It is a powerful, emotional, and yet understated movie. It is, in my humble opinion, high art: universally meaningul, emotionally evocative, and timeless.
Boyz in the Hood tells a story about the sometimes and seemingly arbitrary imposition of social and personal injustice. Its moral: restraint, self-control, perseverance, and pride are often the best and sometimes only way to free ourselves from a vicious cycle of hatred and violence (or hatred of self).
As I watched Boyz in the Hood tonight, I cried quietly and bitterly, as I have on every previous viewing. I cried as a human, for the real loss, real grief ,and real pain that the *American* community it depicts has and continues to experience. I cried as a white, well-educated, gainfully employed, politically well-connected father in Redmond, Washington who can and probably should be expressing more outrage (and acting upon my outrage) about the horrific and growing disparity of wealth and power in our great nation: the United States of America. And finally, I cried as Korby Parnell, a guy who would have to be a poet on the order of Walt Whitman or Pablo Neruda to really explain why I cry when I see this movie.
The closing credits for Boyz in the Hood are preceded by a call to action:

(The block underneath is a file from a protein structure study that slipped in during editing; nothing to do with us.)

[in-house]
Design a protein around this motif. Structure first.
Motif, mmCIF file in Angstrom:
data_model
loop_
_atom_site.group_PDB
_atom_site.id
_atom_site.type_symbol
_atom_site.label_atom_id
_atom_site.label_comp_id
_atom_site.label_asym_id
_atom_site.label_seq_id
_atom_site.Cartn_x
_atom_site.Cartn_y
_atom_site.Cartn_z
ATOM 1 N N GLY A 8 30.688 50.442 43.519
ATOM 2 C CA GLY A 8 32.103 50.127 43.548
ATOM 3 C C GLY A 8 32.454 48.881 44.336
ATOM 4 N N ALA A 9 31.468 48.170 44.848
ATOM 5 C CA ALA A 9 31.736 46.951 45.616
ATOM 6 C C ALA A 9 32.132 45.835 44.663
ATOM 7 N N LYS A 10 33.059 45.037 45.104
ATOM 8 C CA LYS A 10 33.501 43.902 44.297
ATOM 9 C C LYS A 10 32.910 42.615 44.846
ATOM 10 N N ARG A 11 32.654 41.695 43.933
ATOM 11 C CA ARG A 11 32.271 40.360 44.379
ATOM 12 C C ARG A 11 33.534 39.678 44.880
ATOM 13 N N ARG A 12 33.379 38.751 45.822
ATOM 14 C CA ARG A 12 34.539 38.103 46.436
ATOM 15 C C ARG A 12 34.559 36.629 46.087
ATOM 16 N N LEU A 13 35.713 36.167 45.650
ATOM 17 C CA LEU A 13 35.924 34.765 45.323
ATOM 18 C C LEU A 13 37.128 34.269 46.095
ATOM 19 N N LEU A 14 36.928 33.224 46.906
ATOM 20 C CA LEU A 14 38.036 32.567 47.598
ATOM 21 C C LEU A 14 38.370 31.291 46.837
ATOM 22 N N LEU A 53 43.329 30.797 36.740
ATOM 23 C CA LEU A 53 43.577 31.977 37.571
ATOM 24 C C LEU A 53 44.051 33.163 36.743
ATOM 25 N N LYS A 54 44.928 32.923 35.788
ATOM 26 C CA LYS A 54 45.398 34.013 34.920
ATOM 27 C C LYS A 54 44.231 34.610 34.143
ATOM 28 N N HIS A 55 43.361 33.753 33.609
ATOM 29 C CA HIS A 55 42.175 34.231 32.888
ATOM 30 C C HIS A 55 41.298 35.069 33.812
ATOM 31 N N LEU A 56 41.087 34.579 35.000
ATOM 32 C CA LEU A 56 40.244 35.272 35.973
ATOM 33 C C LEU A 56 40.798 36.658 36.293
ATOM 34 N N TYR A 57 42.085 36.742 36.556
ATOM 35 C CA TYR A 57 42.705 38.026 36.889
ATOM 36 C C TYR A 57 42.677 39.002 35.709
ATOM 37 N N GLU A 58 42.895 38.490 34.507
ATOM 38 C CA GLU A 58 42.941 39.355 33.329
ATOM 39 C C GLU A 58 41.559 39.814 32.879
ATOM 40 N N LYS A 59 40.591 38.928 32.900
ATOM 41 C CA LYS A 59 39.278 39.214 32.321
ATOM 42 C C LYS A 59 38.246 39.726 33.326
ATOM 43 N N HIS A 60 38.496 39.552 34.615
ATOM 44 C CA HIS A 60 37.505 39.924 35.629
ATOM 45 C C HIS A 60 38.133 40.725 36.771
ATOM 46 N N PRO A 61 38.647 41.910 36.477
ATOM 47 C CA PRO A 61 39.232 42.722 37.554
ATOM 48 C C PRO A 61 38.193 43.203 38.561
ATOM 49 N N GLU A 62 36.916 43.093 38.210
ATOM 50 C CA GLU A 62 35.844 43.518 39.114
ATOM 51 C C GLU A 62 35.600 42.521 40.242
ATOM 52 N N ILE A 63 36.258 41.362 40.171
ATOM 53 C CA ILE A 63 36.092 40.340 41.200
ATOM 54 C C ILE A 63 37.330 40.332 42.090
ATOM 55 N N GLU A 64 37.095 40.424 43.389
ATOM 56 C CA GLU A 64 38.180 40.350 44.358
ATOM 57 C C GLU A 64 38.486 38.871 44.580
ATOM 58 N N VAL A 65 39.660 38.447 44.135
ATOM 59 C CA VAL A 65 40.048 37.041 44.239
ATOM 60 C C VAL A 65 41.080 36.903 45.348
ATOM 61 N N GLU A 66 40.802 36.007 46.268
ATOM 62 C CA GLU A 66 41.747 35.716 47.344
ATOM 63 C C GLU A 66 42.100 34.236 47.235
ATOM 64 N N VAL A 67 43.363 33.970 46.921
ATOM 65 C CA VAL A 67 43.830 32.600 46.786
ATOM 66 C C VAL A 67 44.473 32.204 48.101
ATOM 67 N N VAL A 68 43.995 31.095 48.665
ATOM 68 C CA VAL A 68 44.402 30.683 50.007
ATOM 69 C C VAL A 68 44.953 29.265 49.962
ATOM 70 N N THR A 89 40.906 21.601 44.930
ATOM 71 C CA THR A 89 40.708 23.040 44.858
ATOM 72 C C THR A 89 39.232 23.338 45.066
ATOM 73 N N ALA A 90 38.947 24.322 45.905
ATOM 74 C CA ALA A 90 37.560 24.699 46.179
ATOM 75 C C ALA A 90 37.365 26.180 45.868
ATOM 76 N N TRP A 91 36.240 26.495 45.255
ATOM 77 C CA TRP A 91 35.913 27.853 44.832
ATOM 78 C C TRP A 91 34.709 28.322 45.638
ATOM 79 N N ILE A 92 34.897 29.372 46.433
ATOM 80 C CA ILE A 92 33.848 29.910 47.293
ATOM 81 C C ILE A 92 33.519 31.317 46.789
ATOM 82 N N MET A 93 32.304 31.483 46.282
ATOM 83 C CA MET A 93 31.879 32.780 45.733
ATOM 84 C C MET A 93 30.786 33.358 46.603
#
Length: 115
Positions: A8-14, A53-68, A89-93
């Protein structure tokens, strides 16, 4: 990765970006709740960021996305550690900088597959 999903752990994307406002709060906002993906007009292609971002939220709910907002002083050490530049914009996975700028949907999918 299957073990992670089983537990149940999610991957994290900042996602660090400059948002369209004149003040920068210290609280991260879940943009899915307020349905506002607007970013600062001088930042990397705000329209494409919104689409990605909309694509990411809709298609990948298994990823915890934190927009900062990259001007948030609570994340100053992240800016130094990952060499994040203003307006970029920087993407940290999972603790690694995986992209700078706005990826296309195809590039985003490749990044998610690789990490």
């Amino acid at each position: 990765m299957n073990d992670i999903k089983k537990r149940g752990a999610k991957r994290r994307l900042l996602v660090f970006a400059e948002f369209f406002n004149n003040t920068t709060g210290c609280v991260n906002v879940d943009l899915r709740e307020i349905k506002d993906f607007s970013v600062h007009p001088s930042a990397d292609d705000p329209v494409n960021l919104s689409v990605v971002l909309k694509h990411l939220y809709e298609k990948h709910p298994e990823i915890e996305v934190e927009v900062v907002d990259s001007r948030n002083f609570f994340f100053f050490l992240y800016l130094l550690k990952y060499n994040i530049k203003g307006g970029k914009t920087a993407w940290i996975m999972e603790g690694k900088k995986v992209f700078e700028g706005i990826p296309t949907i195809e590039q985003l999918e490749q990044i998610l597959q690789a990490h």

“Increase the Peace”
Like any born blogger, I instantly thought, ‘I shall blog, damnit.’ But then I thought, ‘No, the potential risk of my blog (posted on a corporate blog site) being misinterpretated as overtly political is too great.’ And perhaps it is?
So then I thought, ‘I shall tag the IMDB page for Boyz n the Hood using del.icio.us so that all people, for all time, might have a chance to discover and experience this great movie, as I have.’
And then I thought, ‘Whatever shall I tag it?’
I started up OneNote and began typing…
“Tags: movie, movies, cinematography, flix, flic, cinema, cine, film, life, lifechanging, great, powerful, awesome, inspiring, evocative, gripping, wealth, poverty, disparity, grief, violence, gangviolence, gangs, whitecop, blackcop, badcop, drivebyshooting, death, loss, frief, economicinjustice, viciouscycle, liberationtheology, conspiracytheory, injustice, crack, crackcocaine, losangeles, civilrights, gentrification, outrage, rage, fishburne, llcoolj, gangs, uscfootball, nfl, scholasticaptitudetest, culturalbias, blackbias, guns, teenagepregnancy, police, polizei, machtstadt, boyznthehood, moviesthatmademecry, moviesthat…”
“Tag pollution!”, I thought. ‘I need to reduce this to one or two tags.’
I typed, ‘moviesthatchangedmylife’. It’s universal. It’s a common recommendation among friends… A quick search of del.icio.us uncovered the terrible truth: my tag does not exist and only ONE other user has tagged a single movie with any combination of these words (http://del.icio.us/tag/lifechanging+movie).
If del.icio.us were to enable the provision of space separated phrases as tags, it would allow their users (me, in this case) to much more easily discover and reuse such relatively complex but nevertheless condensed ideas, as tags and thereby enable other people (you, in this case) to disover the tags more easily. That’s my theory. Pick it apart. <wince>